RaveThe Seattle TimesThe novel unfolds episodically, jumping from 1944 to 1925 to 2012 and backward and forward again — and, no matter the time, the narrator knows what lies ahead...but that narrator is sly; withholding some details while providing others, until the book’s final pages seem to explode in light, like a bird flying into the sun … You don’t have to have read Life After Life to understand and appreciate this book (though you might miss a couple of references). But I can’t imagine that you wouldn’t want to experience both, for the pleasure of Atkinson’s prose — every page feels like a generous treasure hunt for gems — and for the feeling each book gives, of becoming lost within something bigger than ourselves, something grand and dazzling and real.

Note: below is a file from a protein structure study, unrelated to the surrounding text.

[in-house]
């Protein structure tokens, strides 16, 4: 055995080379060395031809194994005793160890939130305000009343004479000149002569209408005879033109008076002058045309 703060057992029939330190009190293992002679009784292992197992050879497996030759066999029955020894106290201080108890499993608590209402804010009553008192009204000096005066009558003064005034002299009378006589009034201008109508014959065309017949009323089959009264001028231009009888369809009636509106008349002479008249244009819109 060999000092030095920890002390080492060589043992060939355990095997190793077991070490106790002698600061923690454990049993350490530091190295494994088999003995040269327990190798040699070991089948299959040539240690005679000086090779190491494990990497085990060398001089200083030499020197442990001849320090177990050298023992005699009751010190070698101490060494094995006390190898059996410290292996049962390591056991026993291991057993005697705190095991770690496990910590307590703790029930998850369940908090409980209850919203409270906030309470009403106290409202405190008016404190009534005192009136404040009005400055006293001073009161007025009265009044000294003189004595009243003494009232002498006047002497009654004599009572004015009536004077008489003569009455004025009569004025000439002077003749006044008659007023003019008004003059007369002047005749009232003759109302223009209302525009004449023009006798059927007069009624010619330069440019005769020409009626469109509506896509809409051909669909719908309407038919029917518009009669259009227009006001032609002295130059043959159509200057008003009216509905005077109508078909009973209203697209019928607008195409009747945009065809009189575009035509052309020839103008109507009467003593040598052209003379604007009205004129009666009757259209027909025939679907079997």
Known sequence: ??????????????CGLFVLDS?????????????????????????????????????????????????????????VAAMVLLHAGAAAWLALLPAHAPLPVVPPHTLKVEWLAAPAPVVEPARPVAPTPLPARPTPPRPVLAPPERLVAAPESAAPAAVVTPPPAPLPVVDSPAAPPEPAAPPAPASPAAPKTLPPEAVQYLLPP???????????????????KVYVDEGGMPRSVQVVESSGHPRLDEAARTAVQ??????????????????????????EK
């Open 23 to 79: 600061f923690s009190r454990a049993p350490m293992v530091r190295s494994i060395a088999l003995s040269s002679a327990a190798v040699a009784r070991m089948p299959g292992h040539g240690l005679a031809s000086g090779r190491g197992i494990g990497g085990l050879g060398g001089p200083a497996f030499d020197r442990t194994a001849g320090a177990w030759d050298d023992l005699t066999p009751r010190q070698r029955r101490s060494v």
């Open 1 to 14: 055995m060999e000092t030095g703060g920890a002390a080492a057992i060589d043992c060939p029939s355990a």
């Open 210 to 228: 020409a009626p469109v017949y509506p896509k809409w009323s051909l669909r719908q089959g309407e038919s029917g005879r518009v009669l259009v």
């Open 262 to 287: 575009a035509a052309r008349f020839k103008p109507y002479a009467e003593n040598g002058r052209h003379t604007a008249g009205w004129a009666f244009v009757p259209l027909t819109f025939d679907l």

RaveThe Seattle TimesSweet Tooth, is a story of spying and of reading; two activities that blur together for us as we lose ourselves in the book. For what is reading fiction, really, but spying — gazing at a life that isn't ours; observing characters moving through their plots, rarely knowing that they're being watched? … There's an irresistible thread running through Sweet Tooth: that of reading as a compulsive urge (to satisfy a sweet tooth, you might say), and of writing as a revelation of someone's true — or invented — self … As Serena reads Tom and we read McEwan, taking pleasure in each layer, Sweet Tooth moves elegantly toward its inevitable conclusion: Trust — in life, and in narrative fiction — is hard-earned, and surprisingly elusive.